The day I almost gotten decluttered

A while ago, while consulting one of those American websites that has all the answers about productivity, life, the universe and everything, the internet gave me the following advice:

If you’ve got a pile of clutter on your desk, put it in a box and set it to one side. You’ll find out what’s important when you need to dig it out. When you’ve done with it, put it back and keep a clean desk. This will increase your productivity ten-fold, and make you a Better Person.

Okay, I’m paraphrasing. And possibly exaggerating slightly. But that was the gist. For authenticity I could have included the word “gotten” in the above paragraph, but I’m afraid I can’t see that word without feeling like I’m going to vomit.

Any road, I looked at my desk and realised it was a considerable mess, so this seemed like a good idea. I duly took all the crap from said desk and put it in a box. This variety of items included a stapler, staples (wrong size), cables, half a packet of batteries, some rawl plugs, a blank DVD (or it might be a CD and it might not be blank…) and miscellaneous other items too tedious to name here. I put the box on the floor where I couldn’t see it and had myself a nice clear desk. Great, I thought. Let the enhanced productivity begin.

The thing is, now there’s another pile of detritus on my desk: a component from the car my wife recently sold, a yellow tape measure, some post-its, £1.15 in loose change, miscellaneous pens and pencils, bits of paper that presumably have something important on them, a pile of mail that I need to deal with and the elastic band that held the mail together until the last time I looked at it, as well as numerous other items.

Having considered whether to put all this stuff in the box, get another box, or get a bigger box, I’ve decided that, well, quite frankly it can all stay just where it is. The study of every half-decent writer I’ve ever seen has been chaotic, so I’ll satisfy myself with the possibly delusional notion that this indicates potential on my part.

The previous box remains on the floor. It’s hidden under a roadmap, a couple of Jiffy bags, an empty DVD cakebox, a sleeping bag in a stuff sac, a two-thirds used ream of printer paper…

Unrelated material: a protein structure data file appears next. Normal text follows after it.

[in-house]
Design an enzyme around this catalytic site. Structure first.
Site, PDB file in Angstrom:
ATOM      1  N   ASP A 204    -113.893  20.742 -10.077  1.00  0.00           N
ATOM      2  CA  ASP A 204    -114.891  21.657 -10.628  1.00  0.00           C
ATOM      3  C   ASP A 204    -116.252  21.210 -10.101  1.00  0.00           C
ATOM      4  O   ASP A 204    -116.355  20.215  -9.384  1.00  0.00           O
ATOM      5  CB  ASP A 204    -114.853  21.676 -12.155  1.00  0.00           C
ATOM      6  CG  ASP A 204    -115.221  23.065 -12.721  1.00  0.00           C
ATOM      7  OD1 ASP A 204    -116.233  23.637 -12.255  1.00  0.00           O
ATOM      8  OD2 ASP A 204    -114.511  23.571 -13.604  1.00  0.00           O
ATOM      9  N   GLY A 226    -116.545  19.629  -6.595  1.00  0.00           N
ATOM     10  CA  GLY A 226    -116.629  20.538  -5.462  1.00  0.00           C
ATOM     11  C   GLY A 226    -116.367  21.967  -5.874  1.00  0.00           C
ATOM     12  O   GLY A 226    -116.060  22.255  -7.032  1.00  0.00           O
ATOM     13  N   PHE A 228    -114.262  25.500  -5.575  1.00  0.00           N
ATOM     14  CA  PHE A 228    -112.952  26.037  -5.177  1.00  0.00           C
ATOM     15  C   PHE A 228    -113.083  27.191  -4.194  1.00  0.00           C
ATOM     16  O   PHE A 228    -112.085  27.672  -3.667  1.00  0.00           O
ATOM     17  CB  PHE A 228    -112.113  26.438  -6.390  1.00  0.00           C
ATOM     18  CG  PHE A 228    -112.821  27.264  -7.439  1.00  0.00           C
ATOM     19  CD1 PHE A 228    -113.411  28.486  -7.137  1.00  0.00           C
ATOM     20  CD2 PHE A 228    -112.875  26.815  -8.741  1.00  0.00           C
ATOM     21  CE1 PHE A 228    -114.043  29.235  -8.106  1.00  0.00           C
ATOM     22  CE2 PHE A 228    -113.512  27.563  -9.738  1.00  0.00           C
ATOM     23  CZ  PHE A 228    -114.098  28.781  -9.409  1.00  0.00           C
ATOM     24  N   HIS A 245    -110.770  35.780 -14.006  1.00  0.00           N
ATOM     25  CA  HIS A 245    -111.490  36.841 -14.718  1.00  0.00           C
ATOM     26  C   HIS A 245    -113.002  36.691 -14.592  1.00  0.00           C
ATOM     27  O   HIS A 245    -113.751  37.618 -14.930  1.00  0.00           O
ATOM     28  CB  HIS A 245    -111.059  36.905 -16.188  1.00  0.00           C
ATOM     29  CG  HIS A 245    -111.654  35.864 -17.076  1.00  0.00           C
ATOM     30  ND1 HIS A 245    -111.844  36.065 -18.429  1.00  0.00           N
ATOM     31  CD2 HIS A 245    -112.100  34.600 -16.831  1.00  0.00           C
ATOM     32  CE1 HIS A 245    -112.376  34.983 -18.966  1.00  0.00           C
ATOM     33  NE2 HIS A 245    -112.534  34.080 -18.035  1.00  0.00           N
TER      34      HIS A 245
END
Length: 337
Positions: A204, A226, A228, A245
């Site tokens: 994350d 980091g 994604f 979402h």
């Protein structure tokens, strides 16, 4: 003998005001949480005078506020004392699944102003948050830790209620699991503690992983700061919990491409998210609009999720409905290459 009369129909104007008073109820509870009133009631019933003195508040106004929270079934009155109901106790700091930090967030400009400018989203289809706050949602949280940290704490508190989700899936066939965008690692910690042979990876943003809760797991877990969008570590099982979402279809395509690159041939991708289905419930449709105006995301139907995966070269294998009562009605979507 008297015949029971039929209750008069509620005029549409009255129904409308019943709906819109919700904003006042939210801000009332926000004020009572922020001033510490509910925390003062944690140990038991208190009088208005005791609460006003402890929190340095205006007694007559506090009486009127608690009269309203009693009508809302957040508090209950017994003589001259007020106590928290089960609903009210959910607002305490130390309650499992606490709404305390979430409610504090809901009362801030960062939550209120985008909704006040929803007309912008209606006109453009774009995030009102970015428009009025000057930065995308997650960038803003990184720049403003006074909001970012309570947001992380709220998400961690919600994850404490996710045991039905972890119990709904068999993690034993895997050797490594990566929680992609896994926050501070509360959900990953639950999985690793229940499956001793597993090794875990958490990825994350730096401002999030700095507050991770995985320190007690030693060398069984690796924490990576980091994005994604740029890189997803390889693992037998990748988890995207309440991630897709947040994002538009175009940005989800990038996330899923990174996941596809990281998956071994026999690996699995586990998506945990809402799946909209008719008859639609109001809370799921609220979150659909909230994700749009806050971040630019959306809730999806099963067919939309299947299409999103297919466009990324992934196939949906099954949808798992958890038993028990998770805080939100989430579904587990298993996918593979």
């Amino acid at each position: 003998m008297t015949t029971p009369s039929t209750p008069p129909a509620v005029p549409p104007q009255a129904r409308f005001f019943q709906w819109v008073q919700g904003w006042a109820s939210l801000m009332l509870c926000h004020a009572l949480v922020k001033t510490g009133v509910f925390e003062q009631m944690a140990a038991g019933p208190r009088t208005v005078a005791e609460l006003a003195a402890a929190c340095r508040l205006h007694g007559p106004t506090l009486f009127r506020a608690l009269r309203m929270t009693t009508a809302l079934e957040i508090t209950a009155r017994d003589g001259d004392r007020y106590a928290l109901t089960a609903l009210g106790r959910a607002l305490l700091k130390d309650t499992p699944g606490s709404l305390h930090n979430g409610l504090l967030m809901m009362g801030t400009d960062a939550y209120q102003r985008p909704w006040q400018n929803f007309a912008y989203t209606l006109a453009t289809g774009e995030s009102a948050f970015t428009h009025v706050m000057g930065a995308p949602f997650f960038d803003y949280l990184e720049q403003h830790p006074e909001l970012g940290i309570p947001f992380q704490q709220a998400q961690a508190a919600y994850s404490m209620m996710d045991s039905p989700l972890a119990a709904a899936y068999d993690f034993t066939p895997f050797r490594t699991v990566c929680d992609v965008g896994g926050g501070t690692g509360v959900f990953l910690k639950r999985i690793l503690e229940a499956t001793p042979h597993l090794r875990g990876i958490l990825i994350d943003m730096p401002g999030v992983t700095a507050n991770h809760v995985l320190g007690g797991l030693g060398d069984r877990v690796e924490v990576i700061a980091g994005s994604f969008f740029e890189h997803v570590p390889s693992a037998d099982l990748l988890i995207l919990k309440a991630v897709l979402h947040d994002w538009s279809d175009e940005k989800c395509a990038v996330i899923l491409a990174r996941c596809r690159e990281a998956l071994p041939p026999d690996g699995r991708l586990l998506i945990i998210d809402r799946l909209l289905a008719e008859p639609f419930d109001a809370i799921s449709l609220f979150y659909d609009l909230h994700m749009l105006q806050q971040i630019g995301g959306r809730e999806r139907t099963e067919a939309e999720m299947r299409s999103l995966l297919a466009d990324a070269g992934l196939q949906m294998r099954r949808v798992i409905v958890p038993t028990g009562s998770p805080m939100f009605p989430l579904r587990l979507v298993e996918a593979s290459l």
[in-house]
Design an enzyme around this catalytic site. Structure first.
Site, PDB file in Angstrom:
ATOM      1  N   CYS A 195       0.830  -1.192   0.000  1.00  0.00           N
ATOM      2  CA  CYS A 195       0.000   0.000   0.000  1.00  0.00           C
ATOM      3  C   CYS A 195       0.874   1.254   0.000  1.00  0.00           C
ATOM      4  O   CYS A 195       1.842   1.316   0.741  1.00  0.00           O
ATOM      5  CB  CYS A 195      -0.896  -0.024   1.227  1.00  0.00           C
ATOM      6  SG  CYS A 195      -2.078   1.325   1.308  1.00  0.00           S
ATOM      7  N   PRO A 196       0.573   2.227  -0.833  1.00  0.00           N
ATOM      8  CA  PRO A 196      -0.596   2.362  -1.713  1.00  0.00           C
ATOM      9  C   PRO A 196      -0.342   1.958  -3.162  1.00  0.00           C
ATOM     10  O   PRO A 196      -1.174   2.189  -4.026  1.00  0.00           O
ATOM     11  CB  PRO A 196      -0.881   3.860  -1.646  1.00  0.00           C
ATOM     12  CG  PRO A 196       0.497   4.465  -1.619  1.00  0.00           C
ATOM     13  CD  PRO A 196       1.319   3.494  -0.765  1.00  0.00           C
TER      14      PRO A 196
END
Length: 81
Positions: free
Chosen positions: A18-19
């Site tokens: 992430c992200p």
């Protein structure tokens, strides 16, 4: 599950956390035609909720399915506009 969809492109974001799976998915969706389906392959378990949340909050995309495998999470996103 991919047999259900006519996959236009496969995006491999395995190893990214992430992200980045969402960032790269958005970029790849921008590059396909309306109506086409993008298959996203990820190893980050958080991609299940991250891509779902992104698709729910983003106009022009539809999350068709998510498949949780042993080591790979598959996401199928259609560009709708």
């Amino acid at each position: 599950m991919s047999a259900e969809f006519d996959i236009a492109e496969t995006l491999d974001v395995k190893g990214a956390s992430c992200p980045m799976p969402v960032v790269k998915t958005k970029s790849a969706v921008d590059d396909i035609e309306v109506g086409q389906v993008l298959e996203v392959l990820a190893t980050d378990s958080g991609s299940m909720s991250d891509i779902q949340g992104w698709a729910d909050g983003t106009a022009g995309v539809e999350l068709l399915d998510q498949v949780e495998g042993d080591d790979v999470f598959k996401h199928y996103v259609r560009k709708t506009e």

I’m a writer, editor, and Royal Literary Fund Fellow.
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A lollipop man without a lollipop, is just a man


There’s a lollipop man near us. A wizened, grumpy old sod who looks like Albert Steptoe. He wears a fluorescent yellow jacket and cap, both of which are at least two sizes too large for him. Almost every day as I approach he makes me stop to allow various mothers and kids to cross. I know he waits for me. I can see it in his eyes, shining red from beneath the peak of his cap. Waits until he sees me coming, then shoves out his stick.

At least he used to.

For some reason a pedestrian crossing was recently installed at his point of responsibility. Maybe it was just too dangerous when he wasn’t on duty. At school time he’s still there, though. They’ve just taken away his stick. Now he only has to press the button and wait for the lights to change, whereupon he escorts people across the road, with everyone concerned clearly feeling a bit daft.

I can understand that perhaps they don’t want to make the guy redundant. Not yet, anyway. And maybe they never will: there are loads of people in our neck of the woods who can’t operate a pedestrian crossing properly. Despite his miserable demeanour and quite obvious grudge against me and my 1998 Nissan Almera, I can’t help feeling a bit sorry for this bloke, in his oversized coat. I suspect that he may eventually be forced to retire due to RSI of the right index finger as a result of repeatedly pushing that button. No doubt suing Birmingham City Council for thousands.

My sympathy is only tempered by the fact that even without his stick, he still waits until he sees me coming to press his button. He’s just had to hone his timing a little.

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